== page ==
InterNations Featured Blog
Sarah: A New Life In Norway
Please tell us a little bit about yourself. Who you are, where you come from, when you moved to Norway, etc.
My husband and I are both English and we moved to Norway in 2009. My husband works in the oil and gas industry and worked for Kongsberg Group in the UK. A job came up within the same company but working out of Norway so we took the opportunity to live abroad. I work for SAP managing their social media for Europe, Middle East and Africa. SAP kindly transferred my role to the local office in Oslo so both my husband and I are working in Norway.
When and why did you decide to start blogging about your experiences?
I decided to blog a couple of weeks before we moved to Norway. It was mainly to keep our family up to date with what we were up to and also to keep a diary of our experiences in Norway. I wanted to keep a memory of our adventures.
Do you have any favorite blog entries of yours?
Oh – good question. I sometimes read my very first blog entry which described my feelings just before we were to catch our one way flight to Oslo. I remember it like yesterday and yet that was three years ago! I also like the only post my husband wrote. It was our first National Day in Norway and I was called away on business so Eliot went into Oslo and recorded his day with photos.
Tell us about the ways your new life in Norway differs from that back home. Did you have trouble getting used to the new circumstances? Did you experience culture shock?
The biggest change for me is my commute to work. In the UK my commute would be a 1.5 hour drive on a good day. Here it’s a 10 minute bus ride so I suddenly have a social life in the evening that I’ve not experienced for some years. Most Norwegians finish work at 4pm – their attitude to work is very different to the UK. They work to live and not the other way around. I really respect that and it’s taught Eliot and I to really value our free time more. When we first came to Norway it was a culture shock as we didn’t know anyone, we didn’t know the language and we didn’t know our way around. After a couple of months we started to settle in. It helped that we were both working and could ask our colleagues questions.
Do you think you were fully prepared for what awaited you in Norway? If you could, would you change some decisions/preparations you made?
We came to Norway expecting to stay for one year and here we are after three. I have to say that it surpassed all expectations. I guess if I could change one thing it would be that we bought a house here after 1 year. Renting is very expensive in Norway and there are not a lot of options because most people buy houses. It would have been much more tax efficient to buy a house.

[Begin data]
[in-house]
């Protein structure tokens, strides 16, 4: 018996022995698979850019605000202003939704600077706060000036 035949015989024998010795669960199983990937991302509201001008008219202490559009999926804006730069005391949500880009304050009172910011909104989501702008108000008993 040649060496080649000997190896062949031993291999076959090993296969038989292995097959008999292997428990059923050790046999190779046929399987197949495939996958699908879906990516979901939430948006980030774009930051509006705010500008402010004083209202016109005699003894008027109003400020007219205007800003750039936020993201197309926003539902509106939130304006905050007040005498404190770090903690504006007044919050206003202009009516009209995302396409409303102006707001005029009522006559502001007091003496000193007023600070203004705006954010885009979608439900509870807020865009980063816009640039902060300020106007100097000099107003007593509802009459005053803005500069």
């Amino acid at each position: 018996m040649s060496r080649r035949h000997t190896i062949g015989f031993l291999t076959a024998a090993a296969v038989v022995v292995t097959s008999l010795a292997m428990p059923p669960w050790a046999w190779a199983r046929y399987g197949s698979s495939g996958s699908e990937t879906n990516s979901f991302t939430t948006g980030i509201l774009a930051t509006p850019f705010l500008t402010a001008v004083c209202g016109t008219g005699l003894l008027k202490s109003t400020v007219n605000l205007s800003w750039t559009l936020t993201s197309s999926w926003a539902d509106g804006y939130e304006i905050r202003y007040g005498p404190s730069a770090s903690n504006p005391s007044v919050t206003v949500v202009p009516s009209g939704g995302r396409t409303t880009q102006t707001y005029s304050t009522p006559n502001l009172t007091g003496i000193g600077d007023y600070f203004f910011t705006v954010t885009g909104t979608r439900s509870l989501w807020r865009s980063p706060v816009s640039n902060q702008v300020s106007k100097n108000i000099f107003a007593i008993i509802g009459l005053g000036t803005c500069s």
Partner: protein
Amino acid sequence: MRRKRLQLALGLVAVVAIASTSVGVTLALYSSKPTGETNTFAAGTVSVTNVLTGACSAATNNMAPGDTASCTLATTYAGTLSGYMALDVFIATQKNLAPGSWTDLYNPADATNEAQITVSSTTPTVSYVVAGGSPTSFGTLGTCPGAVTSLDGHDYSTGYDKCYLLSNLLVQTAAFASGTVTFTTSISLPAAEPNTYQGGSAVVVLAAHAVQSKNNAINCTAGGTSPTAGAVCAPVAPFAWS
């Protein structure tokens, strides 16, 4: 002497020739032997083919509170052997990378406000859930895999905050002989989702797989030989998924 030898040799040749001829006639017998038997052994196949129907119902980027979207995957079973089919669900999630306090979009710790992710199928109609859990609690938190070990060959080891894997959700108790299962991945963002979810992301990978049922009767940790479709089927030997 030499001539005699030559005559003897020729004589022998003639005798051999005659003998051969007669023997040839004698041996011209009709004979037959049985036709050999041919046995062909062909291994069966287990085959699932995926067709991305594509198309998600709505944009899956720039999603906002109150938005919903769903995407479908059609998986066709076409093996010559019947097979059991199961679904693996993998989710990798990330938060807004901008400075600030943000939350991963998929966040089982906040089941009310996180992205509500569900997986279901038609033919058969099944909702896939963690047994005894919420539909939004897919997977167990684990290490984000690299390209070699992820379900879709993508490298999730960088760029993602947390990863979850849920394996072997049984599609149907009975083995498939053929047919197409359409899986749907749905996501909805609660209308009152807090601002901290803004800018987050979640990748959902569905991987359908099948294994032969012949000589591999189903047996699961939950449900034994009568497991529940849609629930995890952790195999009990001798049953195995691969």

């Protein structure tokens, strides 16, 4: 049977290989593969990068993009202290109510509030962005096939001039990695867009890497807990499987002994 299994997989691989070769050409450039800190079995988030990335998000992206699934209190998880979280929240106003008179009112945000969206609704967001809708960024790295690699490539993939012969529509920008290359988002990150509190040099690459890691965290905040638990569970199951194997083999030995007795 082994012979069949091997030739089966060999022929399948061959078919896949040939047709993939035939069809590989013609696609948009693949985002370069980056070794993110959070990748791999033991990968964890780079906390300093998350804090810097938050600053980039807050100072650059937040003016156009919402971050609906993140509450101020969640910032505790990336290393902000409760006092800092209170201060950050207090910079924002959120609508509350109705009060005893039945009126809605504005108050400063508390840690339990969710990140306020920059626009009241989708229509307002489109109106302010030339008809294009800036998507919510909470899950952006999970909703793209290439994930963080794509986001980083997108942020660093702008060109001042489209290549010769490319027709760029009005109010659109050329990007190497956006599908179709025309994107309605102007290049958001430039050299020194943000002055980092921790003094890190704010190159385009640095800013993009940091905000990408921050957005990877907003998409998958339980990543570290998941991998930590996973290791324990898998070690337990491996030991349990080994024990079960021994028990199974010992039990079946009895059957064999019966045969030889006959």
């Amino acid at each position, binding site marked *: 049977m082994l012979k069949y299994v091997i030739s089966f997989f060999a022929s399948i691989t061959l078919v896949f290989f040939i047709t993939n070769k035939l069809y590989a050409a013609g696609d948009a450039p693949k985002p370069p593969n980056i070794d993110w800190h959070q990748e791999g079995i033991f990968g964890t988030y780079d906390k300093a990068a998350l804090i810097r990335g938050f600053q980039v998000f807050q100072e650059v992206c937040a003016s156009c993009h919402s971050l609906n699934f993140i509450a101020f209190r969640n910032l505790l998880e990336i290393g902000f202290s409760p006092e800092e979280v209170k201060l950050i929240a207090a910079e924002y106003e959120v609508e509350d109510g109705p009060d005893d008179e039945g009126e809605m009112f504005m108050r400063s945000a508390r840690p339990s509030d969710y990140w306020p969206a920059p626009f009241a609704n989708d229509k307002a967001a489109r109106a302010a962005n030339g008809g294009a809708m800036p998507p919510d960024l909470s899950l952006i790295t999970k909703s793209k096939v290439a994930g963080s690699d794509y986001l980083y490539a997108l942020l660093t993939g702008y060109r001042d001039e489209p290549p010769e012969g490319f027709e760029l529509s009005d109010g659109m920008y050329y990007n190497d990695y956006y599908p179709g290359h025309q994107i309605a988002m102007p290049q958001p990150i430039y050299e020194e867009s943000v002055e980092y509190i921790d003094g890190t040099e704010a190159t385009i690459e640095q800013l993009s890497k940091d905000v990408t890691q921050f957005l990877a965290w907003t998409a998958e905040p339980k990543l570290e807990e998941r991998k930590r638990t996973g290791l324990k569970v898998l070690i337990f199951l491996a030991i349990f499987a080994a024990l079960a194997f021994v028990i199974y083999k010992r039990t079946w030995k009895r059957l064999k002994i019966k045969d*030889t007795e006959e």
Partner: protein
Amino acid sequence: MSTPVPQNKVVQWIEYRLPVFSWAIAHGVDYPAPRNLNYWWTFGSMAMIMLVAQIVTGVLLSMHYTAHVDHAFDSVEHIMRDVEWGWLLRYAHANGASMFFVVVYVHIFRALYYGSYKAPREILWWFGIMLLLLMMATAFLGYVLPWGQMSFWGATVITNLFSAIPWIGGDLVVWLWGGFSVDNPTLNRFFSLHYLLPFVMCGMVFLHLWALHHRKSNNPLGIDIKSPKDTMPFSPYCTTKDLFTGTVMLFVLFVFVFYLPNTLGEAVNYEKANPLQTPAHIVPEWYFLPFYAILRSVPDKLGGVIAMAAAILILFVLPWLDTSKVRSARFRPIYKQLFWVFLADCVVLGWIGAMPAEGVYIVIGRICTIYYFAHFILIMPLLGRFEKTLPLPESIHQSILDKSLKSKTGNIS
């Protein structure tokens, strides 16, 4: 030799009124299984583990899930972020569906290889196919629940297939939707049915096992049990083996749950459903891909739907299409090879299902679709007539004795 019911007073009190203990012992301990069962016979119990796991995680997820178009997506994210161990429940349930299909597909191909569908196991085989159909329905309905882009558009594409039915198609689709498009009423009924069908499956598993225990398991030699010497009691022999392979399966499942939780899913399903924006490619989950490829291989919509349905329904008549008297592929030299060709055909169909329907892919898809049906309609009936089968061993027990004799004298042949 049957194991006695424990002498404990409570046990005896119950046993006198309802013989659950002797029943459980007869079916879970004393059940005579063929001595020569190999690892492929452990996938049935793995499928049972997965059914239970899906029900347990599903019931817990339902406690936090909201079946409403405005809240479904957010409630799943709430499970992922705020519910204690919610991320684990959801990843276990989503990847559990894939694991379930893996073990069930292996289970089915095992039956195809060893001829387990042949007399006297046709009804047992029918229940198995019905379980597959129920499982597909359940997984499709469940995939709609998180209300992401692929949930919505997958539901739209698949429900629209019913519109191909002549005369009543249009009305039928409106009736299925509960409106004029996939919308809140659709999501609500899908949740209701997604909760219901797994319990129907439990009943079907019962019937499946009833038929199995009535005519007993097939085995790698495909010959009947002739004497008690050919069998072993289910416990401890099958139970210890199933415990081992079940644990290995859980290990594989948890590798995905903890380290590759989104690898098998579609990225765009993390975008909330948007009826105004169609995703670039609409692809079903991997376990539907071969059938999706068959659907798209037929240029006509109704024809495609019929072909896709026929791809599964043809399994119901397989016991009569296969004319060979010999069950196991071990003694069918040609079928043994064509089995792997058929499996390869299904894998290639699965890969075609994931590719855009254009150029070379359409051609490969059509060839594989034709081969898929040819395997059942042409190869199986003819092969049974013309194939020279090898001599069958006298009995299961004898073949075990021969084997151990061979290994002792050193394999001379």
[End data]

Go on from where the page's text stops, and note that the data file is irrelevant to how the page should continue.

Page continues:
Every expat knows that expat life comes with some hilarious anecdotes and funny experiences. Care to share one with us?
I’ve had a few faux pas moments here in Norway. One has to be mistaking Ah ha for a Swedish band.
Which three tips would you like to give future expats before they embark on their new life in Norway?
- Learn a bit of Norwegian before moving to Norway. The Norwegians speak fantastic English but they really appreciate the effort if you at least try.
- Be sure to bring everything you need with you. Norway is expensive so buying furniture and items can break the bank. Bring what you need.
- Plan a short visit before you arrive to check out areas to live in and find your way around. We spent a weekend in Norway before making the decision and we came during winter months which can be a tough season. If you like Norway during winter then you’ll love Norway during summer :)
How is the expat community in Norway? Did you have a hard time finding like-minded people or fellow expats?
I’m not entirely sure because one thing Eliot and I really wanted to do when moving here was to integrate as much as possible into local life. We didn’t want to form a click with other expats because I would feel that we weren’t truly experiencing Norwegian life. I joined a Norwegian choir, Eliot played Innybandy (a Norwegian sport which is a bit like hockey) and we try to socialize with our Norwegian colleagues at work. Naturally you do form a bond with other expats though because you share a unique experience and sometimes it’s nice to have a good old British moan :)
How would you summarize your expat life in Norway in a single, catchy sentence?
I feel very lucky and fortunate to live in Norway as everything about the country is beautiful – the nature, the lifestyle and the people.